Ambassadeurs. Aristide Bruant Dans Son Cabaret thumbnail 1
Ambassadeurs. Aristide Bruant Dans Son Cabaret thumbnail 2
Not currently on display at the V&A

Ambassadeurs. Aristide Bruant Dans Son Cabaret

Poster
1892 (printed)
Artist/Maker
Place of origin

This poster advertises an event with the singer Aristide Bruant at the Ambassadeurs nightclub in Paris, 1892. Bruant, a satirical singer and a friend of the French artist Henri de Toulouse-Lautrec (1864-1901), insisted that Lautrec design this poster. The director of the Ambassadeurs disliked its dramatic and uncompromising style, but since Bruant said he would not perform unless the poster remained, it was used both outside the theatre and inside to decorate the proscenium arch.


Object details
Categories
Object type
Materials and techniques
Colour lithograph
Brief description
Poster, 'Ambassadeurs... Aristide Bruant dans son cabaret', Henri de Toulouse-Lautrec, French; 1892.
Physical description
Poster advertising an event with the singer Aristide Bruant at the Ambassadeurs nightclub in Paris, 1892.
Dimensions
  • Height: 1513mm
  • Width: 983mm
Style
Subject depicted
Summary
This poster advertises an event with the singer Aristide Bruant at the Ambassadeurs nightclub in Paris, 1892. Bruant, a satirical singer and a friend of the French artist Henri de Toulouse-Lautrec (1864-1901), insisted that Lautrec design this poster. The director of the Ambassadeurs disliked its dramatic and uncompromising style, but since Bruant said he would not perform unless the poster remained, it was used both outside the theatre and inside to decorate the proscenium arch.
Bibliographic references
  • Greenhalgh, Paul (Ed.), Art Nouveau: 1890-1914 . London: V&A Publications, 2000
  • Taken from Departmental Circulation Register 1962
  • The following excerpts are from Henri Perruchot's biography of Toulouse-Lautrec (published by Collier, 1962): '"Who will deliver us from the likeness of Aristide Bruant?" wrote a contributor to La Vie Parisienne. "You can't go anywhere without finding yourself face to face with him. It has been said that M. Bruant is an artist...How can he consent to appear on the walls side by side with the Bec Auer [for examples see CIRC.604-1962 and E.286-1921] and the Oriflamme. He must suffer from such propinquity". Like many Parisian cabaret stars of the fin de siècle, he is chiefly remembered today as a subject of Toulouse-Lautrec. In 1885, the impresario behind Le Chat Noir, Rodolphe Salis, moved with great fanfare to larger premises around the corner at 12 Rue Victor-Masse. Bruant opened Le Mirliton in the old location at 84 Boulevard Rochechouart. Toulouse-Lautrec was a keen customer at both establishments becoming a close friend of Bruant, intrigued by his brand of vaudevillian chanson réaliste. The main attraction was his insulting humour as he goaded and taunted the audience. ‘Bruant had nothing but contempt for the people who came to Montmartre to seek out low life in his establishment. “They’re a lot of idiots,” said Aristide, “they don’t even understand what I sing to them. They can’t understand because they don’t know what it is to starve. I take my revenge by treating them worse than dogs. They laugh till the tears run down their cheeks; they think I’m joking. But it’s the thought of the past, and the horrors I’ve seen, that makes me speak as I do.”’ Bruant was born in 1851 to a bourgeois landowner but the family soon after lost their fortune and he made his way to Paris at the age of 15 to look for work. Drawn to the rich slang of the working class in the cities north eastern arrondissements such as Belleville and Montmartre, he began writing songs with verlan and set himself up as a troubadour of the Parisian poor. His trademark style was this broad-brimmed black hat, black cape, red shirt and scarf, and black leather boots. ‘Like Lautrec, but with a more humanitarian indignation and a deeper anger, he sympathised with the world of the outcasts. He sang of the dregs, the dens, the brothels and the prisons, the wastelands where slept the down-and-outs and the roughs of the district fought their battles. Lautrec did not share Bruant’s compassion. He [as an aristocrat] was a complete stranger to the pity that flavoured his friend’s songs’. Bruant became a rich man with his act, taking his show to larger theatres in the 1890s such as the Eldorado (CIRC.669-1967 and E.228-1921) and Les Ambassadeurs (CIRC.551-1962 and E.227-1921). His increased success and affluence over the years became incongruous with the authenticity of his performance as a voice of the poor but he nonetheless continued in the same vein, working up until his death in 1925.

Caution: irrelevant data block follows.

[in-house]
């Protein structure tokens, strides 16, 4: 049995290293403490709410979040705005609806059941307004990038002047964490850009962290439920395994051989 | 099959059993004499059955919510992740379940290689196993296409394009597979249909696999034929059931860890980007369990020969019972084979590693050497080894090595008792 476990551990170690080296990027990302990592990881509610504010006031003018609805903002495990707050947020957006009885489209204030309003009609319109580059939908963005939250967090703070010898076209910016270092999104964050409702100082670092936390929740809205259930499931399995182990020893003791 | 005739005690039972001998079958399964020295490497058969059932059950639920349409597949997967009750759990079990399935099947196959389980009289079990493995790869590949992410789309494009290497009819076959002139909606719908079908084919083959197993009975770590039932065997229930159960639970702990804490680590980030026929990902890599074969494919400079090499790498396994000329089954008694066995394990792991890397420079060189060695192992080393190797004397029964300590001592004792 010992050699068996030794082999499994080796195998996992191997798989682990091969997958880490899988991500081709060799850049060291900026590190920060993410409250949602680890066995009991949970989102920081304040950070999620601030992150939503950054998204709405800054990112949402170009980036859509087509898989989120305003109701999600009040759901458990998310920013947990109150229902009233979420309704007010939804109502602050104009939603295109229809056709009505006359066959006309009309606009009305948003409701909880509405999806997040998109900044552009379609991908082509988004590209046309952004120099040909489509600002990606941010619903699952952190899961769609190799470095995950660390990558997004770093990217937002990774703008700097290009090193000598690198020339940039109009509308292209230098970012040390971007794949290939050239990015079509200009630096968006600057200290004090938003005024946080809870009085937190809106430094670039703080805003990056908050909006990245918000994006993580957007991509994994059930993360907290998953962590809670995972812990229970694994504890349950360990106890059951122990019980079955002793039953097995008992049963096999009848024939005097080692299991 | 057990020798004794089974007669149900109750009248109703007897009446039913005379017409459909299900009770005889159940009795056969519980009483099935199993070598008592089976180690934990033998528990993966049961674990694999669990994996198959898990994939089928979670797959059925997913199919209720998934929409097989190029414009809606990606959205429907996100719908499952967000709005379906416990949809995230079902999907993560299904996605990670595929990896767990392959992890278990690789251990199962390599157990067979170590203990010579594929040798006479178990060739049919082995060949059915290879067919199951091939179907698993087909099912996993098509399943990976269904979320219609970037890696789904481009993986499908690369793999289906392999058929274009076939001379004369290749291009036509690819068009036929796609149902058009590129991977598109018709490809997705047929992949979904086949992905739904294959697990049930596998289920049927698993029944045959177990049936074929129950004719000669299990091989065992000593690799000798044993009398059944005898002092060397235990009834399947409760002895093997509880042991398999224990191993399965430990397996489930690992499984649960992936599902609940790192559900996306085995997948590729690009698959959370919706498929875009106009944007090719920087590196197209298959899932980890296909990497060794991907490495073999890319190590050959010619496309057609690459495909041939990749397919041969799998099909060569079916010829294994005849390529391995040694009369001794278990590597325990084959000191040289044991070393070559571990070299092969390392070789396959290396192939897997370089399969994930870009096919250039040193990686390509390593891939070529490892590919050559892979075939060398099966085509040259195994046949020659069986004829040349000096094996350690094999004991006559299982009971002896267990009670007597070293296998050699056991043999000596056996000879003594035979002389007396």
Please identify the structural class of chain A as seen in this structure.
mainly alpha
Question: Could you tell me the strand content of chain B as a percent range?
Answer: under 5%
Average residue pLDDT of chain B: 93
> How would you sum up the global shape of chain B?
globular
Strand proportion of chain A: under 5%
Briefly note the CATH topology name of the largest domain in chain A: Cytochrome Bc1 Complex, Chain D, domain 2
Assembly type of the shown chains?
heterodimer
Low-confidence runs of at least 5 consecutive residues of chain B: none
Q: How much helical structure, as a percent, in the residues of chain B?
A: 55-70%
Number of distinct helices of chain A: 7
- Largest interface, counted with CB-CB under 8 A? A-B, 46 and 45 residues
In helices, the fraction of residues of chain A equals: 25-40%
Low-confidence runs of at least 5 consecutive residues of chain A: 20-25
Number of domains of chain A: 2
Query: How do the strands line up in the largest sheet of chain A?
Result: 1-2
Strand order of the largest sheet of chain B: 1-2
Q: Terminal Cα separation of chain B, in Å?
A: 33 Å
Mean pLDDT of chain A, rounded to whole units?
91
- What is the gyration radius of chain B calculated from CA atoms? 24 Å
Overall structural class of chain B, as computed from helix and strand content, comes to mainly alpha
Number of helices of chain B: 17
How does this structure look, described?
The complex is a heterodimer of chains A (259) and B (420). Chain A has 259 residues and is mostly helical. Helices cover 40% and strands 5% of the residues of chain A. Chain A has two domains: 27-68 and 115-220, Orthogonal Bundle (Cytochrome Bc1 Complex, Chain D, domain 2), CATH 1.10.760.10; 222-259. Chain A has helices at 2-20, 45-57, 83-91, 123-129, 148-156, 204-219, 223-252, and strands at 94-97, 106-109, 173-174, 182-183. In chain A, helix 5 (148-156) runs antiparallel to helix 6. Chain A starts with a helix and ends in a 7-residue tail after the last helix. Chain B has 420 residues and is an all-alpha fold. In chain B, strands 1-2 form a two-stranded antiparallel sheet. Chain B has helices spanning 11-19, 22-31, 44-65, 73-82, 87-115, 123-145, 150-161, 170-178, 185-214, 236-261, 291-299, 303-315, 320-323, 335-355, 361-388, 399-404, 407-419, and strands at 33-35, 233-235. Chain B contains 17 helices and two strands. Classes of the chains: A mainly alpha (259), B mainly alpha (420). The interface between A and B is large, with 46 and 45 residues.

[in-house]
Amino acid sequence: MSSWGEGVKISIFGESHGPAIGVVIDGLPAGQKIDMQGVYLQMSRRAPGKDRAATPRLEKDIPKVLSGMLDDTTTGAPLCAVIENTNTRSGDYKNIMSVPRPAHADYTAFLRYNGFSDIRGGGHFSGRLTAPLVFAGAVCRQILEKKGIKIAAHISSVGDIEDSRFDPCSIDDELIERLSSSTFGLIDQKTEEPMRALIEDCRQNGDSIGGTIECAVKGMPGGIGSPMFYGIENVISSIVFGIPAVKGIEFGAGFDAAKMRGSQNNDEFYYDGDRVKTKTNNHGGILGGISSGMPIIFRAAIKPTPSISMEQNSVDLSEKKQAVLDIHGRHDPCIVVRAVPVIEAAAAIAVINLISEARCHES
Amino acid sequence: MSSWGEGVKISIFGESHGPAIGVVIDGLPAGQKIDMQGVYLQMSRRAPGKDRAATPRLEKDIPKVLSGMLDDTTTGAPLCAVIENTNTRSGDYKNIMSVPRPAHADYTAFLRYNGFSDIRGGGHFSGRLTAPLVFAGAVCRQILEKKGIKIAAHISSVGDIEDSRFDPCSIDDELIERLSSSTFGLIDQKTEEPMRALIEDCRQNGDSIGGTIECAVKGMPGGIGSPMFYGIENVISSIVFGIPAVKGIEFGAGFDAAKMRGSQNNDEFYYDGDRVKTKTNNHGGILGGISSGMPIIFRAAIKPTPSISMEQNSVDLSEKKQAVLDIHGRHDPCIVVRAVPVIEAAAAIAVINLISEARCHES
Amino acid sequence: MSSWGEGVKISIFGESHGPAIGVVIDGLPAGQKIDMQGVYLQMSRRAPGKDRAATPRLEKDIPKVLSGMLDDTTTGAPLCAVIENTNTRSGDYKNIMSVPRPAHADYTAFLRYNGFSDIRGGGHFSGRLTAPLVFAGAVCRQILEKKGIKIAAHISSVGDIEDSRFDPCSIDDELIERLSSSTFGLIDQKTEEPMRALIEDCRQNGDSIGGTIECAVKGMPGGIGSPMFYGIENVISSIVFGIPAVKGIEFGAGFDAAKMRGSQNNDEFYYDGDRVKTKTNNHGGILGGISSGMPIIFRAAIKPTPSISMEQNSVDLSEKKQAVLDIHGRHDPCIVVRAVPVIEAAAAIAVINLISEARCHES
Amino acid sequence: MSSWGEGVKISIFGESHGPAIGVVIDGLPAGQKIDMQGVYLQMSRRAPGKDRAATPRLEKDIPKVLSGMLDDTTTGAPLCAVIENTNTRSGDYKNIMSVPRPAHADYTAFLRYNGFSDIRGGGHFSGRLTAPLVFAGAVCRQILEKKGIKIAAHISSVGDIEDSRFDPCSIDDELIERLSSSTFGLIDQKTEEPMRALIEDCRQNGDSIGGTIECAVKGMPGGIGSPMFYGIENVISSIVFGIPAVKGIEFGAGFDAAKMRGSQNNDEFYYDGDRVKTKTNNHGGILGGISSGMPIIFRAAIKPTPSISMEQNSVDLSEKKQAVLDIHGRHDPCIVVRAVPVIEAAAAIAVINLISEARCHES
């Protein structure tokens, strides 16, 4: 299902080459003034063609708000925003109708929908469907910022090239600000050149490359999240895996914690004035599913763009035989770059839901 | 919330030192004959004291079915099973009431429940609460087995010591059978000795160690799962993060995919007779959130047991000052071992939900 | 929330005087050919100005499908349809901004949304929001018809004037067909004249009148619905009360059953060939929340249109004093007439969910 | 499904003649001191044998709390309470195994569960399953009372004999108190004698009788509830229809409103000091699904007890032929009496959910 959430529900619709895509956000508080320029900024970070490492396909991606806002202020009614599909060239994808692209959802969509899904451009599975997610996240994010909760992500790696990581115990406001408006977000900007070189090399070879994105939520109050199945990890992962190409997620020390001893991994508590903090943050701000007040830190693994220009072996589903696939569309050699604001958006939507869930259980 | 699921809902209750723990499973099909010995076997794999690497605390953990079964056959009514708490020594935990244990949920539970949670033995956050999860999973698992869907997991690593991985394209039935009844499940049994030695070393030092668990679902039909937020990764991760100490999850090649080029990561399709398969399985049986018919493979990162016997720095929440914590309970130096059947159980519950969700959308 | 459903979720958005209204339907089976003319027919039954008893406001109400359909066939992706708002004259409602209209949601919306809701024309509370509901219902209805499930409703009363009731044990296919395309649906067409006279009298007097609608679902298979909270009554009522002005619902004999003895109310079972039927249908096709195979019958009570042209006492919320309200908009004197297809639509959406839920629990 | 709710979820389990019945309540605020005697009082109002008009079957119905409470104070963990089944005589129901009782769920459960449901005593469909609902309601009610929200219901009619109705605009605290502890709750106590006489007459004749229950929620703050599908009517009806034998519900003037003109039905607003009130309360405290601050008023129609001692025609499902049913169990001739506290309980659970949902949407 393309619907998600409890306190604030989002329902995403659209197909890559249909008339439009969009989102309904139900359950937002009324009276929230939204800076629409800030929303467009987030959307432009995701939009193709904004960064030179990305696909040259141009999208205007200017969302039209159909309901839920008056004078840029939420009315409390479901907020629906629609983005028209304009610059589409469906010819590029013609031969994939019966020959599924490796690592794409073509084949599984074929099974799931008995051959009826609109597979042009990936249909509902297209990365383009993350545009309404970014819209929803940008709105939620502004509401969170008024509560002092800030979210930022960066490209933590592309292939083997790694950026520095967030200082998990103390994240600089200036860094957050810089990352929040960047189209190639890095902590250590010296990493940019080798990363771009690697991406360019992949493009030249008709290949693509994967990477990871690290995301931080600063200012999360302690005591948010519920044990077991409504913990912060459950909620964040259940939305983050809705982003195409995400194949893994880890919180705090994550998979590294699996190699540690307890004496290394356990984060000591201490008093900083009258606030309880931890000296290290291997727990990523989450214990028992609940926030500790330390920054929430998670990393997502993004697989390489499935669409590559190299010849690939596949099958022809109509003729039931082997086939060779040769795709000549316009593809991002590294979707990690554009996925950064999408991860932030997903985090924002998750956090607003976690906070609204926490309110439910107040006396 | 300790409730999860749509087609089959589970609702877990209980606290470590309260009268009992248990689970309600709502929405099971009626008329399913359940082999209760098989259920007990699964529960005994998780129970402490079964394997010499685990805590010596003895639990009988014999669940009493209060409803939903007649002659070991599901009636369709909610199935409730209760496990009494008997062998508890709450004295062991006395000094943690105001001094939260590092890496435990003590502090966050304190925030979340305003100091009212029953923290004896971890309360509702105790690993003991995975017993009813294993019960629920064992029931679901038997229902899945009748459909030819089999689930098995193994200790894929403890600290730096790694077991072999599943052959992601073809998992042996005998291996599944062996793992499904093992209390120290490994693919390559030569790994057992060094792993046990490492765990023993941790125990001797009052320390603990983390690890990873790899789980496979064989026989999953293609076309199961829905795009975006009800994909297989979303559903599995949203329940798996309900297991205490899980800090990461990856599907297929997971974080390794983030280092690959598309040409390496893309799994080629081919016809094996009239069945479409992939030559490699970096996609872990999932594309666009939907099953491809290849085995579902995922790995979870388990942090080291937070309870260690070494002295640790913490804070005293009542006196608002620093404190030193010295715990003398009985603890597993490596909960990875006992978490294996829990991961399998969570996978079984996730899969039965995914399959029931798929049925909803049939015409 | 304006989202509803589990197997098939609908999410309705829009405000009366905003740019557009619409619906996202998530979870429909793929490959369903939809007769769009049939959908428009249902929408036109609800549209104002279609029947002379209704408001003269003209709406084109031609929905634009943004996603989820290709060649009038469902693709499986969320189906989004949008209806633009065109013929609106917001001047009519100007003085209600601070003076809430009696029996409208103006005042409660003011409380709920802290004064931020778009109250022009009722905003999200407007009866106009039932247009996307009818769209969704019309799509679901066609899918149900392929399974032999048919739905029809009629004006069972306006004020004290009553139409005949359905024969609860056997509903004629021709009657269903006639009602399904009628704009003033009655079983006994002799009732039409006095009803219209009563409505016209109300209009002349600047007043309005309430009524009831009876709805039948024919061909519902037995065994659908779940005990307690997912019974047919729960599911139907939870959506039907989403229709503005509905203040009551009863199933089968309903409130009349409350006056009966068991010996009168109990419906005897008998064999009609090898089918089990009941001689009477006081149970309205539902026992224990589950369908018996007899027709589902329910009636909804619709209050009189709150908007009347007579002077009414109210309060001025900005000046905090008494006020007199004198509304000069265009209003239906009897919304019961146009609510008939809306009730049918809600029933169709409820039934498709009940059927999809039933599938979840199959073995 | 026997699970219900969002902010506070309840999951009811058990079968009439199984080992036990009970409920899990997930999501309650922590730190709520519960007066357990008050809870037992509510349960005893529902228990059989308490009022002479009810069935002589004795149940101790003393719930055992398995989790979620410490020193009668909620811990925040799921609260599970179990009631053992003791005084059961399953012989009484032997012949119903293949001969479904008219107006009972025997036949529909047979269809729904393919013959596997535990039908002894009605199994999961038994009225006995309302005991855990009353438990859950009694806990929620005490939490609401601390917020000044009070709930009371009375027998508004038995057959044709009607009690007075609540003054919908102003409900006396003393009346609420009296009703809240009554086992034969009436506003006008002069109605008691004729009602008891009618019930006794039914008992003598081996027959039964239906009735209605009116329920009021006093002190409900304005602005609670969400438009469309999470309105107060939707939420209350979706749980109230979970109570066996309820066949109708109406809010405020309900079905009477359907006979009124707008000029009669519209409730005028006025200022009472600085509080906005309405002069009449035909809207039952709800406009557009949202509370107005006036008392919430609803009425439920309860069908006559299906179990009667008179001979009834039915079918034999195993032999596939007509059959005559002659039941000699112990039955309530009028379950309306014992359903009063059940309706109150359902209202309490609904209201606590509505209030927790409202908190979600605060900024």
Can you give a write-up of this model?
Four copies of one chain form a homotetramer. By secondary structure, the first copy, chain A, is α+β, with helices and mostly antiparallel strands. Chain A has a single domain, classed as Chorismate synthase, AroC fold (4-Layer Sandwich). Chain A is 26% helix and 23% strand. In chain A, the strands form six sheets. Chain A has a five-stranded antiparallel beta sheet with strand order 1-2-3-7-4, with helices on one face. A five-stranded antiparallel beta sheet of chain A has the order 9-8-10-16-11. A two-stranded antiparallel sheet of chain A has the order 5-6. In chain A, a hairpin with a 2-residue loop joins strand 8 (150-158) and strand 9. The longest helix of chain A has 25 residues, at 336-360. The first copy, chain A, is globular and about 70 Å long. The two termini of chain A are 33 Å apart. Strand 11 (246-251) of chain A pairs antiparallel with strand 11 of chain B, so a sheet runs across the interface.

Collection
Accession number
CIRC.551-1962

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Record createdFebruary 18, 2003
Record URL
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